Keeping with the six-year cycle kept up by BMW since it accquired the Mini brand in 1994, the next Mini should be due to arrive imminently, with the current generation having first hit the market in 2014. However, in an interview with Reuters, BMW spokesman Maximilian Schoeberl said that lifespan of the current Mini's UKL1 platform has been extended "for cost reasons and because of Brexit."
The Mini is currently built in Oxford and in Born, the Netherlands, and any next generation car would require investments into the production lines of both factories. Prior to Brexit, the continental plant already upped its Mini production by 39 percent, producing 211,660 cars in 2018 – compared to 234,501 in Oxford over the same period. According to Automotive News Europe, BMW is reluctant to invest until it has a greater picture of the state of UK manufacturing post-Brexit.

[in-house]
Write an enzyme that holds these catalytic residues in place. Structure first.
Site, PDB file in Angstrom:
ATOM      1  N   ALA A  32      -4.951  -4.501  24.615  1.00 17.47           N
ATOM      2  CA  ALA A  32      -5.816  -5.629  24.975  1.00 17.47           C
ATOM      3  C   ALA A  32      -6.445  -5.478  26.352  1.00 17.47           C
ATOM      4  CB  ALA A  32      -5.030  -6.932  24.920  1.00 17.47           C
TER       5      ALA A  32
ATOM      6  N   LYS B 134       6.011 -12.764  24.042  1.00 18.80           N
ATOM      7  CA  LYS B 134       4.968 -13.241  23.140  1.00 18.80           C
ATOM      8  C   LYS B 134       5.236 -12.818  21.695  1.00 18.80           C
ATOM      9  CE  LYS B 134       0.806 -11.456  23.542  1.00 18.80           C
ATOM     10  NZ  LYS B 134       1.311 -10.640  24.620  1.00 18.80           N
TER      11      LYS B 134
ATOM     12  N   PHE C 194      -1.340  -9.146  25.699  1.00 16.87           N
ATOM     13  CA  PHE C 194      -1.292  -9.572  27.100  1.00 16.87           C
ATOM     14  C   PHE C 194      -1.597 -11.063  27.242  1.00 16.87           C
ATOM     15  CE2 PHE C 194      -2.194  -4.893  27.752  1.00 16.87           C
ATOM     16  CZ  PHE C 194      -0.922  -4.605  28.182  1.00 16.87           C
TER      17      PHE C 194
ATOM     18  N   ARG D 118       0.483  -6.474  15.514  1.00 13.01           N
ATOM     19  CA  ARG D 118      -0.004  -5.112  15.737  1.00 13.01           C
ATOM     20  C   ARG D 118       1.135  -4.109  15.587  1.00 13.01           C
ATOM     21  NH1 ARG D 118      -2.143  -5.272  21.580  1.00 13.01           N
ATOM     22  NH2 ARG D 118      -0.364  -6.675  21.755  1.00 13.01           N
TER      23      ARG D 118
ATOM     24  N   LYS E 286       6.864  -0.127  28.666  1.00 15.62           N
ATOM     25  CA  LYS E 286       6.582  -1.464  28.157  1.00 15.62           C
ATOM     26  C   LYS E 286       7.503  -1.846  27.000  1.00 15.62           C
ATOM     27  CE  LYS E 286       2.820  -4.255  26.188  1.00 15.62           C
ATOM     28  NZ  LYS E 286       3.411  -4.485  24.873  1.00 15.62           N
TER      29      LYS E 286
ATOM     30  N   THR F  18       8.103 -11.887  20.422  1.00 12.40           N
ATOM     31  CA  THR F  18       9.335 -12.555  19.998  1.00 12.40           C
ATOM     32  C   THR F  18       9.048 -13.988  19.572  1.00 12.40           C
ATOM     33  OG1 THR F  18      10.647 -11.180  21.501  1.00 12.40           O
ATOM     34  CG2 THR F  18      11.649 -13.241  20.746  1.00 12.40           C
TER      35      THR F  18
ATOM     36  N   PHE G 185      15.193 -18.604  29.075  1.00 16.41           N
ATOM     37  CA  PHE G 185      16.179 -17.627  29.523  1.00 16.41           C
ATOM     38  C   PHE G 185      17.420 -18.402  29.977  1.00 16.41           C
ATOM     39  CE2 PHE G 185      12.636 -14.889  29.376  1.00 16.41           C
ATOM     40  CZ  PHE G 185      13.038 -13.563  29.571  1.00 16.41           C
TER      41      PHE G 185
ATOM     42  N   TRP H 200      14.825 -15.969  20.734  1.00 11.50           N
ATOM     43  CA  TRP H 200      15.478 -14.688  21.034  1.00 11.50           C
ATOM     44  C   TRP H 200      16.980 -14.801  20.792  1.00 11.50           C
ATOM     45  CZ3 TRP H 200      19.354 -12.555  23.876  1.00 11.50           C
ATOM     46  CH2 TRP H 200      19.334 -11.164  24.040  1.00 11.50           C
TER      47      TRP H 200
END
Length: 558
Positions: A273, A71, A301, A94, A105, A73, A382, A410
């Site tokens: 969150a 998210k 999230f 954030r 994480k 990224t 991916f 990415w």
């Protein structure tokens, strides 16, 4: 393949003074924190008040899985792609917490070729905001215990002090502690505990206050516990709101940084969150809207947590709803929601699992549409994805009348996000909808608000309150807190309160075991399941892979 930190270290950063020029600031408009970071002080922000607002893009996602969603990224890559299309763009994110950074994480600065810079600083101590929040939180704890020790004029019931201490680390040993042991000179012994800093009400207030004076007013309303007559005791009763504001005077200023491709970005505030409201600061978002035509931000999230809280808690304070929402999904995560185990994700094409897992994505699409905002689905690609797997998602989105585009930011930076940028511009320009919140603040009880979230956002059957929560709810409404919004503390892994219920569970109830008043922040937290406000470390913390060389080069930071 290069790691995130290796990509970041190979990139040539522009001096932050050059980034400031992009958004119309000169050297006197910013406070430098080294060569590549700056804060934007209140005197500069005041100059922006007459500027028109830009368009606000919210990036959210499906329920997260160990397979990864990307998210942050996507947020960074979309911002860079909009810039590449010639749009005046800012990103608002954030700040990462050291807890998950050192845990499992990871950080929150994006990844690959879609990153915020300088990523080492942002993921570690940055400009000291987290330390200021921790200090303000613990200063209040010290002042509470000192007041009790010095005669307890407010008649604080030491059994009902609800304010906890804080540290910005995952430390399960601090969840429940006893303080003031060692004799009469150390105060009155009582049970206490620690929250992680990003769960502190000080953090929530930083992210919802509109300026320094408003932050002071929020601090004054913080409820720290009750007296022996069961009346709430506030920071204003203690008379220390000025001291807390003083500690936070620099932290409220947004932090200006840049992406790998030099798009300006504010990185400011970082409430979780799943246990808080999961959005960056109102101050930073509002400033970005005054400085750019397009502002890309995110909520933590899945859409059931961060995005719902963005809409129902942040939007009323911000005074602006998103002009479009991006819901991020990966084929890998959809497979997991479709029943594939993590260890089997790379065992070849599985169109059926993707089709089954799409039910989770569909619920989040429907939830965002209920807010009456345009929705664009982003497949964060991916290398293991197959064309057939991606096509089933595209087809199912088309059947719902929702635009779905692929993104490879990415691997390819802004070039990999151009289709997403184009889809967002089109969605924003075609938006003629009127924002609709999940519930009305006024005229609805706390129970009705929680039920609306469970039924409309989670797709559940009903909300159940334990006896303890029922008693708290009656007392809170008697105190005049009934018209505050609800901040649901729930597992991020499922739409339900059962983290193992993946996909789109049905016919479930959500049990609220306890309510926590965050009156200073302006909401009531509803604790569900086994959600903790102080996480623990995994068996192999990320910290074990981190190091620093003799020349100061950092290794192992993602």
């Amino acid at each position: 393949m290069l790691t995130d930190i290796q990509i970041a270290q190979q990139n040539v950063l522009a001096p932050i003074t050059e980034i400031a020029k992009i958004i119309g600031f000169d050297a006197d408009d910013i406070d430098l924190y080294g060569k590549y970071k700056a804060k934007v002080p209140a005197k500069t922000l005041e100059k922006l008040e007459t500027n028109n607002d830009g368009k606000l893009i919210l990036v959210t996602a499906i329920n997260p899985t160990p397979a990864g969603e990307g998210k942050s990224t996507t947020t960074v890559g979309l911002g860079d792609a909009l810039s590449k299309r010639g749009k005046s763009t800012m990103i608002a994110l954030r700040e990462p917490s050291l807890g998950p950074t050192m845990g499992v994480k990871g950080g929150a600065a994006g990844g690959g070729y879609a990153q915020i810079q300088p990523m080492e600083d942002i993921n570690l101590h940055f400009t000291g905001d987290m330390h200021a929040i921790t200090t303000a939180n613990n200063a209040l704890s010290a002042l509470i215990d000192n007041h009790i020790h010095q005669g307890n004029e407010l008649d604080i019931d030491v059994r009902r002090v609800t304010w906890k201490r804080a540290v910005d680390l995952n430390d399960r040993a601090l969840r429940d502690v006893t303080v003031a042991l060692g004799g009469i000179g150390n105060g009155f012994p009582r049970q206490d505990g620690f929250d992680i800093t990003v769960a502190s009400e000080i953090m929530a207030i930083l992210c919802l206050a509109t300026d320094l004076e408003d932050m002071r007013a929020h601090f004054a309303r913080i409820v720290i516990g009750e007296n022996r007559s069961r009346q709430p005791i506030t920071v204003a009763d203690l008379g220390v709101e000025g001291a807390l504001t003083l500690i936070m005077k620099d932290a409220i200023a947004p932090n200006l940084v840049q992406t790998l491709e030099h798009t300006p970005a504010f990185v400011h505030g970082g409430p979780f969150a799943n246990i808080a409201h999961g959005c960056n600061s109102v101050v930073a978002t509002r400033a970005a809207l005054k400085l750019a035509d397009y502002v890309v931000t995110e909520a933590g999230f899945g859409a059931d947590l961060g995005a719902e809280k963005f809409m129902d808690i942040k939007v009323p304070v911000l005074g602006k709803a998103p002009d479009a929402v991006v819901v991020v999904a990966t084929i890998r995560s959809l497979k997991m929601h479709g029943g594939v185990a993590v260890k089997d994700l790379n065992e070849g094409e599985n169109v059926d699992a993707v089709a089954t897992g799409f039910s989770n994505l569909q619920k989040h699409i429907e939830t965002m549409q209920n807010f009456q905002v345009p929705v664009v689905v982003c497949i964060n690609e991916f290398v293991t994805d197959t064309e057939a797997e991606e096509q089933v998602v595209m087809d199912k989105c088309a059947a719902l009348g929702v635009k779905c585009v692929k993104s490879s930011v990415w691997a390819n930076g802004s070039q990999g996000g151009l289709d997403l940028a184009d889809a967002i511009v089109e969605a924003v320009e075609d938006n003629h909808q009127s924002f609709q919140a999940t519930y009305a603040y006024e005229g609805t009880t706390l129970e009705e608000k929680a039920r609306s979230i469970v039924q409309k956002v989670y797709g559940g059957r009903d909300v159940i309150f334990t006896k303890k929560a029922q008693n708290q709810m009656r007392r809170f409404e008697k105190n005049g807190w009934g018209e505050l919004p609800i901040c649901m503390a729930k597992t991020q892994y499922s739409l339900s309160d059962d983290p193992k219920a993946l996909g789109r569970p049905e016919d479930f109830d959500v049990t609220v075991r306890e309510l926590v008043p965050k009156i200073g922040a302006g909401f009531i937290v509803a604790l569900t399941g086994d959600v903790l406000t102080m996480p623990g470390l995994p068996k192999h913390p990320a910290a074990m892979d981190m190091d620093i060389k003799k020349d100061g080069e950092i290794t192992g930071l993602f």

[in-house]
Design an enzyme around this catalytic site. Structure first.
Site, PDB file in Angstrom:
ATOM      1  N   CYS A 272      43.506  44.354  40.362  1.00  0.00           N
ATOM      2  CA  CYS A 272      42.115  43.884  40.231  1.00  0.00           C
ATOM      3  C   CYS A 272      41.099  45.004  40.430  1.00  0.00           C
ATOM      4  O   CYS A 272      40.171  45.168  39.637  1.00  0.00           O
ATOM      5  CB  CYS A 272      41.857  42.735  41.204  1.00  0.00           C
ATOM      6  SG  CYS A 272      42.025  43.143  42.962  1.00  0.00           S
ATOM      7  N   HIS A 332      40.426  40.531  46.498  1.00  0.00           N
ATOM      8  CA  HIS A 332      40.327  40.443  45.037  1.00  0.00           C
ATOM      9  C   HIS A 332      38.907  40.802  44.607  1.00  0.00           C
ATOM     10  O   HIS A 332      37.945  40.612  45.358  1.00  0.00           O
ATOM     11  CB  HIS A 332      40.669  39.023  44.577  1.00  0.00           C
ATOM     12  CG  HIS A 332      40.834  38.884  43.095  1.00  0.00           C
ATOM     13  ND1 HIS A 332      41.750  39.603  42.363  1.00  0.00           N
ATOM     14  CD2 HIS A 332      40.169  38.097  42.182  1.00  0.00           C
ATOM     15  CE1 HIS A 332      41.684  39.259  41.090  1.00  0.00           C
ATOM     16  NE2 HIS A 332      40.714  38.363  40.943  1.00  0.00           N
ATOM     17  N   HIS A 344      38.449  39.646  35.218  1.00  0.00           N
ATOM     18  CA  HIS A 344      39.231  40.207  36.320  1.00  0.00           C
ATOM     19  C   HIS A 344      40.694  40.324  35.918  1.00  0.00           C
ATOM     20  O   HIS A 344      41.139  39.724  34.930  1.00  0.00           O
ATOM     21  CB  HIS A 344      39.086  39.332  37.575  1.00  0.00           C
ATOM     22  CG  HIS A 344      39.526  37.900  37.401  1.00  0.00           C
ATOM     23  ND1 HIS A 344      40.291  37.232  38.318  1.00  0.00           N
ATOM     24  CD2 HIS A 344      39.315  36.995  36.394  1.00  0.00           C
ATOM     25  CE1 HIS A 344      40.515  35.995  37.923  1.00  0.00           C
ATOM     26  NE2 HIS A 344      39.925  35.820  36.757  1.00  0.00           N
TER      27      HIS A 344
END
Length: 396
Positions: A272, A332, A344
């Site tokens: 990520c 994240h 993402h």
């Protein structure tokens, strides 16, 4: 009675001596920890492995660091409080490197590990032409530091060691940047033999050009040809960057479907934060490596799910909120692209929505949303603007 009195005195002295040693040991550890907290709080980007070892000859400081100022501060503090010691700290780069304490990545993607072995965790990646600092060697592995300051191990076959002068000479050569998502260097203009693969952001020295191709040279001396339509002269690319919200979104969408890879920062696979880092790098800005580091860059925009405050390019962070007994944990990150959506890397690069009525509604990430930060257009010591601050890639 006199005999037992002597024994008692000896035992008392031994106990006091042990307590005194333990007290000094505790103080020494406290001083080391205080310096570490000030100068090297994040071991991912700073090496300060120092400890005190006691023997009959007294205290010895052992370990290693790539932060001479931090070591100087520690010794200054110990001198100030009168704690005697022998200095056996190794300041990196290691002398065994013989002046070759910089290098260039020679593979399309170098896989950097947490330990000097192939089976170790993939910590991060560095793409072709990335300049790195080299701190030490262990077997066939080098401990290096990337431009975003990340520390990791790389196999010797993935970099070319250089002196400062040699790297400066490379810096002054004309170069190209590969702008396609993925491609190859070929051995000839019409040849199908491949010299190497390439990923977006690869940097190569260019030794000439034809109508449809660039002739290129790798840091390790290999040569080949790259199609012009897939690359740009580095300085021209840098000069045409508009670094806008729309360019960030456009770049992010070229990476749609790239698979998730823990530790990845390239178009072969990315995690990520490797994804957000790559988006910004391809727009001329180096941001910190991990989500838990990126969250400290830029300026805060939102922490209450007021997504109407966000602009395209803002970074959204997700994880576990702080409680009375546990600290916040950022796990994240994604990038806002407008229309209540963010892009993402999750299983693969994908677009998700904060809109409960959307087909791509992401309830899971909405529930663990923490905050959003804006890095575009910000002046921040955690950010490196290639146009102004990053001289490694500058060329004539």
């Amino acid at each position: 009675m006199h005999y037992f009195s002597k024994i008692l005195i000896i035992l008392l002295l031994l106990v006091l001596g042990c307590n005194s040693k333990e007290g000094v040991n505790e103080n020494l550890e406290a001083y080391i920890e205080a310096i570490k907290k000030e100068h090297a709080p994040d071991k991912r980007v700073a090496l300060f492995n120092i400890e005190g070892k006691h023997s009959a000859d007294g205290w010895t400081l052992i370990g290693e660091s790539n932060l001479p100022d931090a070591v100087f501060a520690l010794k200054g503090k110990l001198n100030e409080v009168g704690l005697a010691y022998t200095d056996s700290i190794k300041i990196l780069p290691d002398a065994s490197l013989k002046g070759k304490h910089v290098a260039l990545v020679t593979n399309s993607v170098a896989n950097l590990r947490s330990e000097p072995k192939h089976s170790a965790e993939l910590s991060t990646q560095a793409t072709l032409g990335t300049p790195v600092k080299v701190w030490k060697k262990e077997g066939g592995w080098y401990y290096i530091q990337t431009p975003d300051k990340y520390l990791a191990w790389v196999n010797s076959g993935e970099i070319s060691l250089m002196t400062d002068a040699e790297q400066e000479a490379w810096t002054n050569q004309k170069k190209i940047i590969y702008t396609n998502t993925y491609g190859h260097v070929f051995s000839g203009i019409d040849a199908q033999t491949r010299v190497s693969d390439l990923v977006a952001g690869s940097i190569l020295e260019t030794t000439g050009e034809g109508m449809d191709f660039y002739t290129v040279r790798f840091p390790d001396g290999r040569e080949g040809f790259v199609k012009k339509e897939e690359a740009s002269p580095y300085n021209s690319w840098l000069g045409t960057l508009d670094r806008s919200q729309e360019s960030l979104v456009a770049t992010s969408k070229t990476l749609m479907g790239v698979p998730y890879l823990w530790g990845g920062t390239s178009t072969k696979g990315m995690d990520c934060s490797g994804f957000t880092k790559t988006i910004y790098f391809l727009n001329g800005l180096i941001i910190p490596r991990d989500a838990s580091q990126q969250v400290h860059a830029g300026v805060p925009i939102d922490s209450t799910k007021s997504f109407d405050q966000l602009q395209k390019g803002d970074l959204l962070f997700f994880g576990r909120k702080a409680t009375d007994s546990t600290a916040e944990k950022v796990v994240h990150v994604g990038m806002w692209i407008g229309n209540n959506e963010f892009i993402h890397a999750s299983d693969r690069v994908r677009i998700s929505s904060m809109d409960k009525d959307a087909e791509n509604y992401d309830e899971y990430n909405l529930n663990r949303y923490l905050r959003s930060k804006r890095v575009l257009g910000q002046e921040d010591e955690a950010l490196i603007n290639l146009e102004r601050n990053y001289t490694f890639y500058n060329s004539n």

"If tariffs are in the range of zero and five percent, the business case would not dramatically change," BMW CEO Oliver Zipse said last year, pointing out that should the UK and the EU not reach a meaningful deal, Mini production could move completely to the Netherlands.
Meanwhile sales of combustion engined city cars have been on the decline as crossovers increase in popularity and legislation forces manufacturers to rethink their combustion engined lineups. Vauxhall has already dropped the Adam and Viva models, while Mini sales dropped by 4.1 percent over the course of last year (to 346,639 units) with December registations alone dropping by 18 percent.